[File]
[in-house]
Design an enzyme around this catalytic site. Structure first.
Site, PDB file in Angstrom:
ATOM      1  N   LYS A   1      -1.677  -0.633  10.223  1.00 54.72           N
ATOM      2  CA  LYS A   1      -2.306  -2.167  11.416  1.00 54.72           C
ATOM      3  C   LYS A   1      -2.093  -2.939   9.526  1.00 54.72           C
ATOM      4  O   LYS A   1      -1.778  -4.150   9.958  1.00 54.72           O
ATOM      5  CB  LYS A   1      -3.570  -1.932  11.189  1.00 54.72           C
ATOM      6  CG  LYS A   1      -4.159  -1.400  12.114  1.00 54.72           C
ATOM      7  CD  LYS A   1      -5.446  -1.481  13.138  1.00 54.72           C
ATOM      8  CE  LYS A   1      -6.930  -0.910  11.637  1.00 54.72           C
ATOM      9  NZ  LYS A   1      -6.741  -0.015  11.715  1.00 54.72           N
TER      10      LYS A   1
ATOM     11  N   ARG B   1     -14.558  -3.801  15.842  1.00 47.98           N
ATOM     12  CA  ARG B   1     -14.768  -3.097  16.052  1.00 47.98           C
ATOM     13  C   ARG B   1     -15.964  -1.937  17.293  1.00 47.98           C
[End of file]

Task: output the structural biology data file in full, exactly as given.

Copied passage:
[in-house]
Design an enzyme around this catalytic site. Structure first.
Site, PDB file in Angstrom:
ATOM      1  N   LYS A   1      -1.677  -0.633  10.223  1.00 54.72           N
ATOM      2  CA  LYS A   1      -2.306  -2.167  11.416  1.00 54.72           C
ATOM      3  C   LYS A   1      -2.093  -2.939   9.526  1.00 54.72           C
ATOM      4  O   LYS A   1      -1.778  -4.150   9.958  1.00 54.72           O
ATOM      5  CB  LYS A   1      -3.570  -1.932  11.189  1.00 54.72           C
ATOM      6  CG  LYS A   1      -4.159  -1.400  12.114  1.00 54.72           C
ATOM      7  CD  LYS A   1      -5.446  -1.481  13.138  1.00 54.72           C
ATOM      8  CE  LYS A   1      -6.930  -0.910  11.637  1.00 54.72           C
ATOM      9  NZ  LYS A   1      -6.741  -0.015  11.715  1.00 54.72           N
TER      10      LYS A   1
ATOM     11  N   ARG B   1     -14.558  -3.801  15.842  1.00 47.98           N
ATOM     12  CA  ARG B   1     -14.768  -3.097  16.052  1.00 47.98           C
ATOM     13  C   ARG B   1     -15.964  -1.937  17.293  1.00 47.98           C